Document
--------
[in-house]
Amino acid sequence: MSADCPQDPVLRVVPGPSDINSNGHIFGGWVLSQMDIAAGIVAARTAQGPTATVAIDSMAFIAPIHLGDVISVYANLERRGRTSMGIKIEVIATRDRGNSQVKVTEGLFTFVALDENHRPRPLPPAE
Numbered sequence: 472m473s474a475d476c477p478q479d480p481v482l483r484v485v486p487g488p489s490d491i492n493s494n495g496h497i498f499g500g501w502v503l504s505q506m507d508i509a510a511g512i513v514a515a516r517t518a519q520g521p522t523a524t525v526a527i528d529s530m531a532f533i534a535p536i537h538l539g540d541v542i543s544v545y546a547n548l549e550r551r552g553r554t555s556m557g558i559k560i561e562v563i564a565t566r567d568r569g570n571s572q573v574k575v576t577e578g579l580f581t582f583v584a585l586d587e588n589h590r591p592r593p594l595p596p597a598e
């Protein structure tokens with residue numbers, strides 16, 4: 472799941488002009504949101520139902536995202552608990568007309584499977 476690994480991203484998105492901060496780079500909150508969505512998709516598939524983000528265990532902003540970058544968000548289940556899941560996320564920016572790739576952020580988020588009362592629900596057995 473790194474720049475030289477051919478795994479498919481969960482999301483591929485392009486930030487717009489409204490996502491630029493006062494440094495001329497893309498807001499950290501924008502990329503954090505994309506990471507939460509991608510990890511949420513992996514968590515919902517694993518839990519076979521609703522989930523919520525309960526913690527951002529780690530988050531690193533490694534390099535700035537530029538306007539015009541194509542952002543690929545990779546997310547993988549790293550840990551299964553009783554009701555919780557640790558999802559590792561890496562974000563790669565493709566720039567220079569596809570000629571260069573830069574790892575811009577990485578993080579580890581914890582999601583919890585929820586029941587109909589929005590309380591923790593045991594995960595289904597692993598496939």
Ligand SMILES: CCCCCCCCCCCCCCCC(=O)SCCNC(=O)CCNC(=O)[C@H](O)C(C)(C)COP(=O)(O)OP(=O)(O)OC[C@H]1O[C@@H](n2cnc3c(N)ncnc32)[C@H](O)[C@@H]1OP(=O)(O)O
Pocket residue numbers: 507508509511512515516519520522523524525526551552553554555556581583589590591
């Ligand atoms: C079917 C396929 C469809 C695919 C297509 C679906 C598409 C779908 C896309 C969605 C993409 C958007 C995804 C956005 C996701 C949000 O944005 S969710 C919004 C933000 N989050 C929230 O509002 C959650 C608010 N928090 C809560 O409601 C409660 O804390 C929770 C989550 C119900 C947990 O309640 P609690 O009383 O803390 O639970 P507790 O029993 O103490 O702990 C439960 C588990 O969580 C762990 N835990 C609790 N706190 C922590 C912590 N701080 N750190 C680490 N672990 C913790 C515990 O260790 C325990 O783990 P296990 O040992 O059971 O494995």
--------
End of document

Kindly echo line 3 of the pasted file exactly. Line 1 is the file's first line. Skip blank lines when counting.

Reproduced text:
Numbered sequence: 472m473s474a475d476c477p478q479d480p481v482l483r484v485v486p487g488p489s490d491i492n493s494n495g496h497i498f499g500g501w502v503l504s505q506m507d508i509a510a511g512i513v514a515a516r517t518a519q520g521p522t523a524t525v526a527i528d529s530m531a532f533i534a535p536i537h538l539g540d541v542i543s544v545y546a547n548l549e550r551r552g553r554t555s556m557g558i559k560i561e562v563i564a565t566r567d568r569g570n571s572q573v574k575v576t577e578g579l580f581t582f583v584a585l586d587e588n589h590r591p592r593p594l595p596p597a598e